BEIJING: The Chinese government is dreaming big by building massive infrastructure projects nationwide.
It is setting the stage for the country’s transformation into an epicentre of economic and human.
By constructing record-breaking structures, such as opening up in August, the world’s longest sea bridge, the 55km-long Zhuhai-Hong Kong-Macau Bridge with a 6.7-km underwater tunnel, Beijing believes these moves will earn the nation a new economic superpower status.
China remains the world’s most populous nation with nearly 1.4 billion people. Hundreds of millions of poor migrant workers that originally hailed from impoverished farming villages continue to move each year to reside and work in the country’s major cities, including its first-tier cities - Beijing, Shanghai, Shenzhen and Chongqing.
THE RISE OF THE GREATER BAY AREA
Today, these massive metropolitan zones have emerged as mega-cities, housing over 50 million downtown, in suburbs and nearby satellite towns.
Shenzhen itself is an integral part of the Pearl River Delta region of nine cities in southern China’s Guangdong Province, which includes Zhuhai, located on the western part of Guangdong’s southern coastline, as well as the Hong Kong Special Administrative Region (SAR) and Macau.
The cumulative population of what is known as the China’s Guangdong Greater Bay Area is estimated to be 68 million. The region’s GDP (gross domestic product) has reached US$1.69 trillion, accounting for about 14 per cent of China’s total GDP.
Shenzhen hopes to shine as China’s Silicon Valley, which is home base to China’s leading tech giants, Huawei, Tencent and Baidu. Zhuhai can serve as the corridor gateway for Chinese tech firms based in Guangdong to transport goods to and from Hong Kong and Macau.
Additionally, many Chinese from the mainland visit Hong Kong to engage in business, see relatives, or enjoy a leisurely trip that includes shopping excursions or gambling at the casinos in Macau.
Due to Hong Kong’s low tax rates and relaxed cross-border trade restrictions, it’s cheaper to buy imported products in Hong Kong and bring them back into the mainland after passing through customs.
So it’s not surprise that the grand opening of the Zhuhai-Hong-Macau bridge was met with great fanfare. Chinese President Xi Jinping attended its launch, traveling through the Zhuhai checkpoint earlier that morning, and vehicles began crossing this spectacular engineering marvel from 10am onwards.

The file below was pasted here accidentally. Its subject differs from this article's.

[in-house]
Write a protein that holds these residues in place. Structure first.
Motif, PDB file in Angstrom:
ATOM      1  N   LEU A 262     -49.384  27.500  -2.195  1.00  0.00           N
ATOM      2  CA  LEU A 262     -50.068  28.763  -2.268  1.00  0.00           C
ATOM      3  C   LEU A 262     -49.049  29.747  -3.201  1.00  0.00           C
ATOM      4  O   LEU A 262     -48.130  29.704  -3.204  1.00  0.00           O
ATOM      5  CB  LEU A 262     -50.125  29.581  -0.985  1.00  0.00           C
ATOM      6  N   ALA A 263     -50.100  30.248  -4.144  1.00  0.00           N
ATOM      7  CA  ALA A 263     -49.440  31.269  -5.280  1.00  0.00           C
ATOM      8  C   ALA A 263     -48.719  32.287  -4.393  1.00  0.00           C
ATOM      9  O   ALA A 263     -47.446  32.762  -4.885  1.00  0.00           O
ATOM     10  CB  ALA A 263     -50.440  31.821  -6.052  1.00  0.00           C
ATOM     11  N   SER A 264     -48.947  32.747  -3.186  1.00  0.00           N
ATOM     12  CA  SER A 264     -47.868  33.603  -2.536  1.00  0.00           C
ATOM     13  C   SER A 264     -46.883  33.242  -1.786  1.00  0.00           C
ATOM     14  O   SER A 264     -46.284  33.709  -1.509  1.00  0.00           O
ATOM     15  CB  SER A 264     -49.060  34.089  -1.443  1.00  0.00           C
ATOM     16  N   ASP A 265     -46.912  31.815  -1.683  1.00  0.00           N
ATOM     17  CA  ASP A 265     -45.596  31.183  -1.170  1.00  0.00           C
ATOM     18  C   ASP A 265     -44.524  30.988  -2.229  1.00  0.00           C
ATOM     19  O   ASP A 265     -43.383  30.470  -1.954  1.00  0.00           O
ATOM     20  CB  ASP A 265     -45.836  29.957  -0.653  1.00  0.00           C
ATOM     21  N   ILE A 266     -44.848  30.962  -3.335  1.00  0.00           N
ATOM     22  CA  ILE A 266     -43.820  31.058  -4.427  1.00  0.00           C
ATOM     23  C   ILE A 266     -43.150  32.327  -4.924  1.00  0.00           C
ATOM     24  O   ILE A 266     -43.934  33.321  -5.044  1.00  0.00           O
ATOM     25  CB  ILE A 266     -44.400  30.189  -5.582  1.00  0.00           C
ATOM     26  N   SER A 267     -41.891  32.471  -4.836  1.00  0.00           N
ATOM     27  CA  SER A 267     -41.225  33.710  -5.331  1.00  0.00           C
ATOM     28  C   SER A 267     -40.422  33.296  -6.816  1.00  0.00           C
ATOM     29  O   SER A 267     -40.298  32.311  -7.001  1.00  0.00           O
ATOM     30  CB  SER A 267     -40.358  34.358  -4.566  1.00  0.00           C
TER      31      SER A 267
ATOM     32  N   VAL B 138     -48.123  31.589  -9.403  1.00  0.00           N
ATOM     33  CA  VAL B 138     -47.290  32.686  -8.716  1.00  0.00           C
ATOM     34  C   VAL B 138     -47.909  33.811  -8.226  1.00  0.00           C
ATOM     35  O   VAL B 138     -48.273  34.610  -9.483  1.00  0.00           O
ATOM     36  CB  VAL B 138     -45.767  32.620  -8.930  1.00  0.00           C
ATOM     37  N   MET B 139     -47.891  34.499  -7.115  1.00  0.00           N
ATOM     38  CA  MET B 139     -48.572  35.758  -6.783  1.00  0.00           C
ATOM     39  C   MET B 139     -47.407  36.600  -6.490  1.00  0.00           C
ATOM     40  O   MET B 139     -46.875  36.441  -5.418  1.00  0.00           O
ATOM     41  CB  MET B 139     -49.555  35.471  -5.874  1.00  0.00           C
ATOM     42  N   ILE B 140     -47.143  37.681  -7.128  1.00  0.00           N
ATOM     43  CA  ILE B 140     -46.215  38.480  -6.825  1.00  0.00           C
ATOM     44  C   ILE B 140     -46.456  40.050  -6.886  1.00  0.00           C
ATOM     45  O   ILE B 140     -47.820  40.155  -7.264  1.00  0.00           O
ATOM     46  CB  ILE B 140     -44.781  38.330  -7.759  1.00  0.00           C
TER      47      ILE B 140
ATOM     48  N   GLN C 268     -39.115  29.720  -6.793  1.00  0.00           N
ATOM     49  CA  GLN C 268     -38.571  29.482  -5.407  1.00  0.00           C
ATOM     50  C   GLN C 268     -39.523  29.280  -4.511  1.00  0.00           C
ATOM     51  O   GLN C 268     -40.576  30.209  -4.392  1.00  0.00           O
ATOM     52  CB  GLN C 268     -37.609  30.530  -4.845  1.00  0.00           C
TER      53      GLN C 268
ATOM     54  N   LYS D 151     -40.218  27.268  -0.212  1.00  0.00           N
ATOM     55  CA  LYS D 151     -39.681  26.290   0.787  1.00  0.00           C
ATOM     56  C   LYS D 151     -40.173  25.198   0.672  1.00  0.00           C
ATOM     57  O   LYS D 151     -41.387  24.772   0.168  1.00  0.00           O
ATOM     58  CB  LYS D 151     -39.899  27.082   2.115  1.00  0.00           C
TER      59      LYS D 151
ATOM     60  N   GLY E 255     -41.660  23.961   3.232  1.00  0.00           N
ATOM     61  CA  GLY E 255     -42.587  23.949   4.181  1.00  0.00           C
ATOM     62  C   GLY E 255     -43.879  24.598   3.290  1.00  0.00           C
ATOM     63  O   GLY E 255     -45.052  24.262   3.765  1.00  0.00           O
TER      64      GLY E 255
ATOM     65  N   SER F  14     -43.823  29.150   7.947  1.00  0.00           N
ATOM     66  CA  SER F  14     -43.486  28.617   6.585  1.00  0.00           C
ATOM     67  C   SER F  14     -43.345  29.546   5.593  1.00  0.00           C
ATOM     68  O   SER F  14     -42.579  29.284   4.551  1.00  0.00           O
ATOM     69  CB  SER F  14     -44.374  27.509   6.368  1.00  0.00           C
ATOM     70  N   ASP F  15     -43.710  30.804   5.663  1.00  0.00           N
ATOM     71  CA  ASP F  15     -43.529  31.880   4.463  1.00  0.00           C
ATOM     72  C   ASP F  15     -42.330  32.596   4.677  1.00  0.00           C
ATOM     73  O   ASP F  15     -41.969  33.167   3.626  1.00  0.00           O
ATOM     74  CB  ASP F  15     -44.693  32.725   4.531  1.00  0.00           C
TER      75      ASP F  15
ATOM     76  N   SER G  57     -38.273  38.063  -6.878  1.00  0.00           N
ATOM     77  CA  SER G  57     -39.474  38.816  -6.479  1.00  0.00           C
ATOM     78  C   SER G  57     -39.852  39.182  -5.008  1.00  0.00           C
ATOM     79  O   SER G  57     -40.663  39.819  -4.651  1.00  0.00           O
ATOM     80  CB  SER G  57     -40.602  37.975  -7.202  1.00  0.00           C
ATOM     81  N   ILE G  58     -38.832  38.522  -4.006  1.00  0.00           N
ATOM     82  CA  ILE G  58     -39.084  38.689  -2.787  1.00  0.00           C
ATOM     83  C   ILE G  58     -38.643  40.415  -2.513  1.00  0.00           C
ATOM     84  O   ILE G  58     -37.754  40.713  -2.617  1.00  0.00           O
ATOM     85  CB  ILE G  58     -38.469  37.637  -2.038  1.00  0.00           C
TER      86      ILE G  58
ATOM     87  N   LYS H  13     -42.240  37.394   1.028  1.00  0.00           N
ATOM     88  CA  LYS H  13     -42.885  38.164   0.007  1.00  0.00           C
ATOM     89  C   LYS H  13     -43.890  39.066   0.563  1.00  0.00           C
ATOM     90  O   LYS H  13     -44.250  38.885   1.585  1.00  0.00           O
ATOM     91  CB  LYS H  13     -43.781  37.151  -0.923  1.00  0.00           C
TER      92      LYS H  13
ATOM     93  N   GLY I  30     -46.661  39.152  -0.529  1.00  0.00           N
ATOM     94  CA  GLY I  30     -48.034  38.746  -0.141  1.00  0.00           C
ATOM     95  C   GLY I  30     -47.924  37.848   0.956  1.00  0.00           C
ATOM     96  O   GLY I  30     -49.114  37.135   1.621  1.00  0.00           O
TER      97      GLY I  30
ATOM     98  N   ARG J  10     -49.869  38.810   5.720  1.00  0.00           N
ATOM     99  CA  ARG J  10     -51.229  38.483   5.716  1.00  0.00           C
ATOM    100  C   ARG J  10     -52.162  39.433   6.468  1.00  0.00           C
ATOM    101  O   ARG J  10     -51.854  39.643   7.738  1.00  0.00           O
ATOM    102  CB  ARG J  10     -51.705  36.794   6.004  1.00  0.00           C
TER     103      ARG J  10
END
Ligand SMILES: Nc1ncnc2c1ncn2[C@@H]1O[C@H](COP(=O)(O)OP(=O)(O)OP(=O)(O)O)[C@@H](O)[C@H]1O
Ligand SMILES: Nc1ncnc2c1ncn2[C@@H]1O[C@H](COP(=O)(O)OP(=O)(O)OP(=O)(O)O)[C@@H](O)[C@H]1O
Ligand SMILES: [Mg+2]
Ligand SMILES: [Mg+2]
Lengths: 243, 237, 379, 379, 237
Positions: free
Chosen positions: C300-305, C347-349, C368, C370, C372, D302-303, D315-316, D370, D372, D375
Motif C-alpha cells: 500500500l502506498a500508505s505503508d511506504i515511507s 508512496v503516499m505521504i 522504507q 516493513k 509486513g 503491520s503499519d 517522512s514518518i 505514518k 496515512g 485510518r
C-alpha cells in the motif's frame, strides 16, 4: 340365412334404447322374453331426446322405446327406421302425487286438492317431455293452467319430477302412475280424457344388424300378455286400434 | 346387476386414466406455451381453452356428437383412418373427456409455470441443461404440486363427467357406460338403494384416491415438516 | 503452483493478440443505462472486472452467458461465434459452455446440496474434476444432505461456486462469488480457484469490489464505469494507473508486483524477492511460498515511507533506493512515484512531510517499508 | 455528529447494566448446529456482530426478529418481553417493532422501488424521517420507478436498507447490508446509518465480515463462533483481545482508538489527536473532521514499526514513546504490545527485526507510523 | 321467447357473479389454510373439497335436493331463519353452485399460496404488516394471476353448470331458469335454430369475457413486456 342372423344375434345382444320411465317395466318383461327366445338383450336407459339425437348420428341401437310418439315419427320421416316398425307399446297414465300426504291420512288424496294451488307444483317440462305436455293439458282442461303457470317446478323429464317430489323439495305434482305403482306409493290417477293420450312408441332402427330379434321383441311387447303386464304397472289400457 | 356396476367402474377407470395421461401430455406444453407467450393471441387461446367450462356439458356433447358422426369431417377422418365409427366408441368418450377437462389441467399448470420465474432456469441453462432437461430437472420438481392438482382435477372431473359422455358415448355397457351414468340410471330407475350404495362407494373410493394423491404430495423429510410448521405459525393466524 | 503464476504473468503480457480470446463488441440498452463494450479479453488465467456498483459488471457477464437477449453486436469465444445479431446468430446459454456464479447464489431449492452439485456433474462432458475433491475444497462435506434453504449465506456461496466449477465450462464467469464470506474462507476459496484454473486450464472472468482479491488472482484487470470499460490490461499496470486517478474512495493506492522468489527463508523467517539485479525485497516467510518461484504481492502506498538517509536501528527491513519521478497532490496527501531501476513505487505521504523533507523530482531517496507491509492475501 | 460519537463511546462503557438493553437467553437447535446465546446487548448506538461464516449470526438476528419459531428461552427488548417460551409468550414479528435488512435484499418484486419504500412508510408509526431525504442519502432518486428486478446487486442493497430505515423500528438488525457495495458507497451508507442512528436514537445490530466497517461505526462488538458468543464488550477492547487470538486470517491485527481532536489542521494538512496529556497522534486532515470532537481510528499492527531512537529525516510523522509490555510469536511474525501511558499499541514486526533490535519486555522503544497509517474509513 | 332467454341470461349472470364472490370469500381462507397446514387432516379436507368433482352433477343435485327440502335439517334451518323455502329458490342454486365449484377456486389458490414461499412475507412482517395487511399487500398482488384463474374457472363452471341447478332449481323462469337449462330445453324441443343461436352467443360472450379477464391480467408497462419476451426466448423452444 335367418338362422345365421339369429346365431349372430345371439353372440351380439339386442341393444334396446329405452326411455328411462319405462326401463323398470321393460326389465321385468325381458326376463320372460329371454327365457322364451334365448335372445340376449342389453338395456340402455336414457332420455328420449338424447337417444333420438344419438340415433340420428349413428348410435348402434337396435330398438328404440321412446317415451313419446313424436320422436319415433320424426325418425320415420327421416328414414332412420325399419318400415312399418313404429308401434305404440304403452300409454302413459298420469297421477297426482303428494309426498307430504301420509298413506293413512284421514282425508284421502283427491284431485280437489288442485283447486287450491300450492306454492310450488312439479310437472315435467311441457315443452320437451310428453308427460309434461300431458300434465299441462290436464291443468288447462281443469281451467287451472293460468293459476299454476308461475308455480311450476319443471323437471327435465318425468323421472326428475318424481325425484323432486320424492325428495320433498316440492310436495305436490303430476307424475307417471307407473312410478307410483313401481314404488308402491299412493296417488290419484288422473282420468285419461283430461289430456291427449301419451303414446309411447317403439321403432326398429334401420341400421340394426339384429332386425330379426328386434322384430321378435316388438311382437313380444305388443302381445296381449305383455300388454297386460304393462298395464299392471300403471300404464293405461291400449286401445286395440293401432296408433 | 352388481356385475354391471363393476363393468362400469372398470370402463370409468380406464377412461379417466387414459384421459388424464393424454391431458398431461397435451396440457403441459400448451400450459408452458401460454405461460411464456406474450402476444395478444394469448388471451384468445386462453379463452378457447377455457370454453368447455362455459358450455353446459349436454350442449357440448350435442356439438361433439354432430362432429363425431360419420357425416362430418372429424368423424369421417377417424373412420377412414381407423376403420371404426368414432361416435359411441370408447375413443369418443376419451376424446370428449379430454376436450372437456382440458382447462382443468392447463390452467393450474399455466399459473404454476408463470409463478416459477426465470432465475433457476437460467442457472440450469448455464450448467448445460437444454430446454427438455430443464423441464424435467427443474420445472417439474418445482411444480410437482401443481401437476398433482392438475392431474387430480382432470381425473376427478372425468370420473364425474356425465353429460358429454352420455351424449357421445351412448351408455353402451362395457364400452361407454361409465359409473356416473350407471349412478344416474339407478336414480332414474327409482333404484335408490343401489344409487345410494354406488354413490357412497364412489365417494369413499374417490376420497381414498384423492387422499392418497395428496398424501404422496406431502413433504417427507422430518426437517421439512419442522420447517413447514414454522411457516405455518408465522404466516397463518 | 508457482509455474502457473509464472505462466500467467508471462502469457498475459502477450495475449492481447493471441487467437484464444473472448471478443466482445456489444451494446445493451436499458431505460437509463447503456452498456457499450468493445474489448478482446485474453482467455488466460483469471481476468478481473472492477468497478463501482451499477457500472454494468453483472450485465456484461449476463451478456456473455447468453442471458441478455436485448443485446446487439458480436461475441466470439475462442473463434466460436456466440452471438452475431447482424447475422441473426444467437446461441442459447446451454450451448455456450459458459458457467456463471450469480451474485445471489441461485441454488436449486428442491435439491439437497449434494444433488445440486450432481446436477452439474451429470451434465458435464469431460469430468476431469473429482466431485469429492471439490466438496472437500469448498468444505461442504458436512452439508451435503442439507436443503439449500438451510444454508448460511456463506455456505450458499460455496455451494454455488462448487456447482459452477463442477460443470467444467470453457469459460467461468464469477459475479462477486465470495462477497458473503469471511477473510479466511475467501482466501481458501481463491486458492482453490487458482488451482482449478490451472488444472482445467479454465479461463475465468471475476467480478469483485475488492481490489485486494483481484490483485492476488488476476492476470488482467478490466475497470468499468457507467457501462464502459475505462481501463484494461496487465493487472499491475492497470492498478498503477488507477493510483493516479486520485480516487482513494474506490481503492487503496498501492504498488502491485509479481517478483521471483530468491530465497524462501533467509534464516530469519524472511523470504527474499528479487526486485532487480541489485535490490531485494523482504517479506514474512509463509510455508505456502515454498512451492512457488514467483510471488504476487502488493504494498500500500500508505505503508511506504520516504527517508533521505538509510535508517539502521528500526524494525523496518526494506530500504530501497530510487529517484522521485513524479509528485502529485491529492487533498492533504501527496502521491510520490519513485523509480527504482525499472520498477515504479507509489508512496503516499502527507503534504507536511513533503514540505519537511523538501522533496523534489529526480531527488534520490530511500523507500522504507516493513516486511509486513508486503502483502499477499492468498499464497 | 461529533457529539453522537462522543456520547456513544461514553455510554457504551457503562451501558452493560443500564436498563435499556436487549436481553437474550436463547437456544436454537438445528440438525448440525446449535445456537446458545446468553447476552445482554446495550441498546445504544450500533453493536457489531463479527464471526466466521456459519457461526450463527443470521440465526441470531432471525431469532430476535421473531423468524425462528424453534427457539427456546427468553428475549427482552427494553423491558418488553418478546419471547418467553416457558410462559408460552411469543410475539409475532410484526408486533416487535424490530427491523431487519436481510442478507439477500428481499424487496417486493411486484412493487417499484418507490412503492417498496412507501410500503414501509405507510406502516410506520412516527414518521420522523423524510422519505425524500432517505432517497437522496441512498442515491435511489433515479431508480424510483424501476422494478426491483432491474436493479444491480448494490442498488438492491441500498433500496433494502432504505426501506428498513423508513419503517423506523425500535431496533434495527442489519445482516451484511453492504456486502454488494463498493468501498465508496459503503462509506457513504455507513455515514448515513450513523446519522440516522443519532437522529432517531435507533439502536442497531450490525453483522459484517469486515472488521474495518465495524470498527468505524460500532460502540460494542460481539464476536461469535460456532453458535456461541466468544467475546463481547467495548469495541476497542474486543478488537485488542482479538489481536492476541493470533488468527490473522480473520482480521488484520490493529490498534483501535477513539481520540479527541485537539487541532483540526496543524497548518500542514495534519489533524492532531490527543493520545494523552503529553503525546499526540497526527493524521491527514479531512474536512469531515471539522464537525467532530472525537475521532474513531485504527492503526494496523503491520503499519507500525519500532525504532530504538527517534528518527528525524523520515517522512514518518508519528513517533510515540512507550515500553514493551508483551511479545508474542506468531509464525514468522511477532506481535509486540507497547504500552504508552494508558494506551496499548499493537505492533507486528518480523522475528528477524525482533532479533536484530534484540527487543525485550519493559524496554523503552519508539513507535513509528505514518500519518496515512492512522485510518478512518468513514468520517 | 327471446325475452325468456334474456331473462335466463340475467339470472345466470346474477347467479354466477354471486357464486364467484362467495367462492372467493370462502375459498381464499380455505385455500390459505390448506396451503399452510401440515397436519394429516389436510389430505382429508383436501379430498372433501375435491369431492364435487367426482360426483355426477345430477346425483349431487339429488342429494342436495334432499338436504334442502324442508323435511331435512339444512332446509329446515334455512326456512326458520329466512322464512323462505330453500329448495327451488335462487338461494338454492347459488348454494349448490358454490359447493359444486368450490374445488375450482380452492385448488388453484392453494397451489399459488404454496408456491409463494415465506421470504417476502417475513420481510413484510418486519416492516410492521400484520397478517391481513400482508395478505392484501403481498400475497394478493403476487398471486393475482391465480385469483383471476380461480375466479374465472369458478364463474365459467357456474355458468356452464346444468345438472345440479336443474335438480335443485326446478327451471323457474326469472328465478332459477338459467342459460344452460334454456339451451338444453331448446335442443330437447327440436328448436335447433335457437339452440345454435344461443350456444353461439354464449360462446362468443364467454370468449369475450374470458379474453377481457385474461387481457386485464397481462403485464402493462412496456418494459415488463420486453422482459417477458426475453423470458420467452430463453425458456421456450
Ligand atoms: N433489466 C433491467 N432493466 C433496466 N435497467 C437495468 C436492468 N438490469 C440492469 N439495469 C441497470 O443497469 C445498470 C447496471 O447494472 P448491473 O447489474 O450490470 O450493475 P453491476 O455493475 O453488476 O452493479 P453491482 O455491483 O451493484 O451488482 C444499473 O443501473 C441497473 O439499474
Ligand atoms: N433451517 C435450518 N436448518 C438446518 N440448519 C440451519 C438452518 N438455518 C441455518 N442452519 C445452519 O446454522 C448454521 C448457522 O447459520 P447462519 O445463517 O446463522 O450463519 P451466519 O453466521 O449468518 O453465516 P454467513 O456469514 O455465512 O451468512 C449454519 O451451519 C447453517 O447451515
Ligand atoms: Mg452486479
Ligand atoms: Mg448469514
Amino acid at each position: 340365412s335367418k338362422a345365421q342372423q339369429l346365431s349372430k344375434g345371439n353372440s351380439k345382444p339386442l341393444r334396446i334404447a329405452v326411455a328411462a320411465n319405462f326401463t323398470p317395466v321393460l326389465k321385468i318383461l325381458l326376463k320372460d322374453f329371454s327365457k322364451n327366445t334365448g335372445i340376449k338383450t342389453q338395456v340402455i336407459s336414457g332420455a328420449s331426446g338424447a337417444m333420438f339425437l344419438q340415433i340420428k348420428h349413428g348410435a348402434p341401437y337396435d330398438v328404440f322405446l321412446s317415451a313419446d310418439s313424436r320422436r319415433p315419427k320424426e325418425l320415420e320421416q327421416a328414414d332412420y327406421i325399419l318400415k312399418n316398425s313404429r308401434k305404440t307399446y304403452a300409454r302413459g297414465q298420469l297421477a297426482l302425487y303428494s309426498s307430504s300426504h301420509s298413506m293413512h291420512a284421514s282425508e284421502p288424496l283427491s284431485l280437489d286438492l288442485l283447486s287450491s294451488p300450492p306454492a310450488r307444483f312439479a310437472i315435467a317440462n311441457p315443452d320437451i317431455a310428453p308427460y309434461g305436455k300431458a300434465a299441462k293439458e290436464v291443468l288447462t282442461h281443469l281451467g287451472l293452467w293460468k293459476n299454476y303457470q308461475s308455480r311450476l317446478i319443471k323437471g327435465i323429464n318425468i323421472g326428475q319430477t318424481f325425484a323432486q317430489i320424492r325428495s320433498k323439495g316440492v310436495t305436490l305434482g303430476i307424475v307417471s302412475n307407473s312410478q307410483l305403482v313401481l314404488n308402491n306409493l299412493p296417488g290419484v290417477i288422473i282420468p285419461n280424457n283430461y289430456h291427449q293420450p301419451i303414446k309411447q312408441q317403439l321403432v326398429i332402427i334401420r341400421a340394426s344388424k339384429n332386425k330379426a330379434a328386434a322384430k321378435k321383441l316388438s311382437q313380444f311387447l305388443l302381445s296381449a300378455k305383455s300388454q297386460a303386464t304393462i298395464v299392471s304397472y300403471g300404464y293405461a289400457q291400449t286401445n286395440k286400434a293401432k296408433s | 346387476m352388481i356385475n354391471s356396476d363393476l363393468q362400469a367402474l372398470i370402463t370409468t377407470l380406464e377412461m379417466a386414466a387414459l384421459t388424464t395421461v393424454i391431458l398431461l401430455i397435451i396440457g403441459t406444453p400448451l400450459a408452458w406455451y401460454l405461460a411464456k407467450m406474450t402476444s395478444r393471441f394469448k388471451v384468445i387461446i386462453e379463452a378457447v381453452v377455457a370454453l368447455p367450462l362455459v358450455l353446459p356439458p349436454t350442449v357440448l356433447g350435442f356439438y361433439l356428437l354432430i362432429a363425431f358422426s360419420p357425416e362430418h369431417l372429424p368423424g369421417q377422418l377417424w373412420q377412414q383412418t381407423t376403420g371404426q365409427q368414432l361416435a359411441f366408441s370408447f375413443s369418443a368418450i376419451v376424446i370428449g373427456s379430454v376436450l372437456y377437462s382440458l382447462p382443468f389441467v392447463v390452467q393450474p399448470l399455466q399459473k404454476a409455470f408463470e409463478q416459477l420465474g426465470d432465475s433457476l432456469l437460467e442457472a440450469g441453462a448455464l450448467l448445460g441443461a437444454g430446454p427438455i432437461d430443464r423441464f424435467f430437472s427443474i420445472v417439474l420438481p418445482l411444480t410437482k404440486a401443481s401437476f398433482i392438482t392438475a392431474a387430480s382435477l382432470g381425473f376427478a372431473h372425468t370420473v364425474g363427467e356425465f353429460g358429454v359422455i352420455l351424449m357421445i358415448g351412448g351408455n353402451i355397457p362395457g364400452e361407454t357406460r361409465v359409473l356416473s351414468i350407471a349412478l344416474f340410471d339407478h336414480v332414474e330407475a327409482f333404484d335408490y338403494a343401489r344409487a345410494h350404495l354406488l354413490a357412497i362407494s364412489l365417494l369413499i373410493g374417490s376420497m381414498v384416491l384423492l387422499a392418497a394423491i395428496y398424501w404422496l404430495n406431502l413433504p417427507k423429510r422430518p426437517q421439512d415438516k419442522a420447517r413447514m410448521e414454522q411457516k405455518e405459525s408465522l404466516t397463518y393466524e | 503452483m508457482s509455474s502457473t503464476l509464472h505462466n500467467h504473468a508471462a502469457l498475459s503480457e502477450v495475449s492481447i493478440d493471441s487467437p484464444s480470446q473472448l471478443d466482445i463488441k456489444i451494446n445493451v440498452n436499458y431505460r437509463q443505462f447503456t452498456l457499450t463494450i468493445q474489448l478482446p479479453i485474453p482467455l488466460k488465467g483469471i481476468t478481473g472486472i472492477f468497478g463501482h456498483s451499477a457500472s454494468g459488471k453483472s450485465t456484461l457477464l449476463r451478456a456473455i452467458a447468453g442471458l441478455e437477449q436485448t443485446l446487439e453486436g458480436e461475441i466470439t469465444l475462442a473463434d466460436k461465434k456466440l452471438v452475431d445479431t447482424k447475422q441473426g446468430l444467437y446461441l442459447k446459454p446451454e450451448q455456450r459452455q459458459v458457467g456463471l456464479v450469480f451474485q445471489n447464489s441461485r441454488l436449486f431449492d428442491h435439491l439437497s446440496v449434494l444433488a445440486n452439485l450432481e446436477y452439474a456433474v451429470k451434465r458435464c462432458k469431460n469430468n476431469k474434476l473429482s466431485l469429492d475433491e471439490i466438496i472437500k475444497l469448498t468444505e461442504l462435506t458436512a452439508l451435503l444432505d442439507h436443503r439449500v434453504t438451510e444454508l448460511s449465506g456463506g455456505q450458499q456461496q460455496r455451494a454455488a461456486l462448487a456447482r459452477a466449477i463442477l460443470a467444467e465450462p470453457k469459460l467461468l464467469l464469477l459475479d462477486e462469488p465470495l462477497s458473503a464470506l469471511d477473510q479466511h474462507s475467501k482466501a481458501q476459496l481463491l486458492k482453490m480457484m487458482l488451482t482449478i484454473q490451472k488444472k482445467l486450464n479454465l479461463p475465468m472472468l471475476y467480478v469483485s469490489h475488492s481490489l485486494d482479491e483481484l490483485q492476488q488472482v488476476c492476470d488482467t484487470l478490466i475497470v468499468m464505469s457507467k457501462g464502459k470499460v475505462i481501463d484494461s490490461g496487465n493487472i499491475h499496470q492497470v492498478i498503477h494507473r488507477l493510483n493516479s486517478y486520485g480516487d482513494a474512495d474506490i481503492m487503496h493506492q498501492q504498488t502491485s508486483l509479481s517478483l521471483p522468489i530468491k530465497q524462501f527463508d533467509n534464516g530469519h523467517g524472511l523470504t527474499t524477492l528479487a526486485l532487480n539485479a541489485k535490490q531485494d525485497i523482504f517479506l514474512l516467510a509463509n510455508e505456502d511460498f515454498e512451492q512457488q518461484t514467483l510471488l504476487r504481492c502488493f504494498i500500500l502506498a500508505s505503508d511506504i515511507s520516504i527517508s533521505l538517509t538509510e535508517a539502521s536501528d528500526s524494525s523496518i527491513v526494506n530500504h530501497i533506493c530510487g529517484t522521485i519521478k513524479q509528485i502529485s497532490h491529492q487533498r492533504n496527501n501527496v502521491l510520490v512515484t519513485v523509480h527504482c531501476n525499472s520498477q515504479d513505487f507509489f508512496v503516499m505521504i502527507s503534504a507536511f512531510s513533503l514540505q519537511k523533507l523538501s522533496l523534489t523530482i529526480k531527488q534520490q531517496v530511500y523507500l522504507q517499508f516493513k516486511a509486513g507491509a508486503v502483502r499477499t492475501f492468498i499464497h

“You participated in the design, building and maintenance of the bridge, gave full play to your talents and wisdom and accomplished the tasks of good quality and quantity,” Xinhua quotes Xi in a speech he delivered in Zhuhai.
But behind the celebratory mood, the fact is the bridge took a whopping 10 or so years to complete, while officials struggled with massive cost over-runs.
This mammoth of a project saw final costs soaring to US$18 billion, almost double the initial price tag estimated at US$9.7 billion.
A few critics have highlighted the eyebrow-raising price tag, while some have expressed scepticism about the bridge generating enough traffic - whether delivery trucks, tour buses and passenger vehicles.
SYMBOL OF HOPE
It is early days. But the construction of the bridge is reducing trip duration between Zhuhai and Hong Kong. Before the bridge had opened up, it took four hours on average for a routine trip, a journey that has now been reduced to 30 to 45 minutes.
So we can expect more logistics companies to take advantage of this opportunity to increase shipment deliveries in China’s Guangdong Greater Bay Area, which will boost revenues for regional logistics companies overall, and derive greater synergies between businesses there and the world, given Hong Kong’s aviation hub connections.
The building of Zhuhai-Hong Kong-Macau bridge did not come easy. Hong Kong businessman Gordon Ying Sheung, 83, told Xinhua news agency that he had hatched the idea for a bridge to connect Hong Kong with Zhuhai about 40 years ago, but when he told Hong Kongers about his aspirations back then, many people did not consider it feasible or realistic.
Yet, the bridge has finally been built and open to the public, a symbol of hope and optimism for the people of the Pearl River Delta region.
Tom McGregor is a commentator on Asia-Pacific affairs based in Beijing.